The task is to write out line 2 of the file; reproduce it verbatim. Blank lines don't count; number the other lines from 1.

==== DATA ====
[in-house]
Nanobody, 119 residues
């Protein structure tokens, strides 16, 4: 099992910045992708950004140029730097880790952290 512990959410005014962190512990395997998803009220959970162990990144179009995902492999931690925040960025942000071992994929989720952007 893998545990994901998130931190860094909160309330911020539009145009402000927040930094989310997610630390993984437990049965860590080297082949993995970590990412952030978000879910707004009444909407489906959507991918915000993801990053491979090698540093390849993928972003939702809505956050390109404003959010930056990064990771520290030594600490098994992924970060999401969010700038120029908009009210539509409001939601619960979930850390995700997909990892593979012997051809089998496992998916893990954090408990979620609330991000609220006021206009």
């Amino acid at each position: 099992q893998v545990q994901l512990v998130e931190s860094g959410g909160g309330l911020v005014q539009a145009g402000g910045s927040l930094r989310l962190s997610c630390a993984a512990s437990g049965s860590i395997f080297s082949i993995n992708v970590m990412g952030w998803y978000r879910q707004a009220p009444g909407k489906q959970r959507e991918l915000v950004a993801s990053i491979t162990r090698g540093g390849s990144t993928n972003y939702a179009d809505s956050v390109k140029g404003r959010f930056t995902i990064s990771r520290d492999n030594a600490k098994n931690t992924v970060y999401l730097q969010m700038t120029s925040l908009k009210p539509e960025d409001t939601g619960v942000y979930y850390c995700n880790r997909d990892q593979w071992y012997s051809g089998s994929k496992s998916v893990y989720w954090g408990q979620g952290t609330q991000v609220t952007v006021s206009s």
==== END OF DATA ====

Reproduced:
Nanobody, 119 residues